Lucinda was also known to welcome all new settlers coming through the territory with a hot meal and a friendly place to bed down for the night.

Her son, Pleasant Haney, fought at the Battle of Dove Creek. She died in 1867 at Valley Mills.

Caroline Sedberry – Judge’s Wife

In the days just before the formation of Bosque County, William Rush and Caroline Alexander Sedberry settled at the junction of Meridian Creek, where they built a rock house.

It didn’t take long for William to become very active in the organization and politics of young Bosque County. He was elected the second county judge, then to the Texas State Legislature, and he served in the 15th Texas Regiment as 2nd Lt. in the Confederate Army. He lost his life in a battle in Arkansas. Caroline also lost a son in the war, and another son lost an arm.

Caroline was left to raise the other children alone. She drove her buggy to Meridian and Clifton to sell produce and eggs, and to bring back supplies. She raised very successful young men and women, with her youngest son becoming a medical doctor. The letters that William Rush wrote to his wife during the war are found in the Kilgore Collection at Texas A&M - Corpus Christi.

Louisa McCurry – First Woman Wed In Bosque County

The first woman wed in Bosque County was Louisa McCurry, who married Frank Gandy on June 13, 1854.

Her father, William McCurry was appointed by the State of Texas as Locating Commissioner of the newly formed county, built the first courthouse, and bought the one of the first town lots auctioned by the county on July 4, 1854. Her son J. M. was the first child born in Meridian.

Linda Weir, Honorary Member Bosque County Historical Commission, is a direct descendant of Frank and Louisa Gandy.

Martha Mabry – Never Complained

Martha Mabray was the first white child born in Bosque County to Jasper N. and Mary Ann Mabray. Jasper was the first County Clerk.

Martha married Thomas Jefferson Randall, who served as County Treasurer, and their son Homer served as Treasurer, and later as Sheriff. Homer married Mary Collier, they had one daughter, Martha. Martha married George Brooks, who served as County Judge from 1952-56.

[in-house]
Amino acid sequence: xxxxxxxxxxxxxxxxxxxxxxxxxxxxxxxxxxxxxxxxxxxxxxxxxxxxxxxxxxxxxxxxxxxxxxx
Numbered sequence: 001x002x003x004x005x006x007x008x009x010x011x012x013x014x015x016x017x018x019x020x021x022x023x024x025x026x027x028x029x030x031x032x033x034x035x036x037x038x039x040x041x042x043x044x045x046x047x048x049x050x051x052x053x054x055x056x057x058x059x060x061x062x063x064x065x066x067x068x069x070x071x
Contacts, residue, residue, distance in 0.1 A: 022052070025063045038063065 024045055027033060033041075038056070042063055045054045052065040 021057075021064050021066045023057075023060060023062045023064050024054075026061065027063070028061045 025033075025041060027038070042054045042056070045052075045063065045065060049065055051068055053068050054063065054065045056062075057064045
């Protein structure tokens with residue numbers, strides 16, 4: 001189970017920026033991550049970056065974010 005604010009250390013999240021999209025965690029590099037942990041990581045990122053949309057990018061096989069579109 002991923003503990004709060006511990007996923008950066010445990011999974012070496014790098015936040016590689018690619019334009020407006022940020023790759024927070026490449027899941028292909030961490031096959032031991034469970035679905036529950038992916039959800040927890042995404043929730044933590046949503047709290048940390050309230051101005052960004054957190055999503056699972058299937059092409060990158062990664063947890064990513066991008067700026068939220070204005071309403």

Sarah Cutbirth – Every Inch The Lady

Sarah Cutbirth and James Mabray were married under a live oak tree in Bosque County in 1856. James was instrumental in the forming of this county, serving as the first elected County Commissioner. Sarah was left to the everyday running of the home-place and rearing two small children.

Like so many, James was killed at the Battle of Dove Creek in 1864, and Sarah and the children were left to their own devices. In 1869, Sarah married John Thomas, a widower with two children of his own. The family merged very successfully.

“Thomas' wife, every inch a lady, welcomed me with as much cordiality as if she were mistress of a mansion,” Noah Smithwick, around 1830. “The whole family were dressed in buckskin, and when supper was announced, we sat on stools around a clapboard table, upon which were arranged wooden platters. Beside each platter lay a fork made of a joint of sugar cane. And for cups, we had little wild cymlings [gourds], scraped and scoured until they looked as white and clean as earthernware, and the milk with which the cups were filled was as pure and sweet as a mortal ever tasted.”

Someone once wrote about Sarah: “Mrs. Thomas was a noble woman and one whose pathway was blighted by deep sorrow and grief, but she did not murmur nor complain. She was never able to accomplish great heroic events, but she did her full duty as a noble Christian mother and lived the life of a true heroine in this world of sorrow and suffering.”

This could have been written about every single pioneer woman, that stood by their men, and were determined to make a good life for their families in the newly established counties in Central Texas, in spite of the dangers and hardships they faced. Each and every one is a heroin and deserves to be remembered just as much as any founding father mentioned in the history books.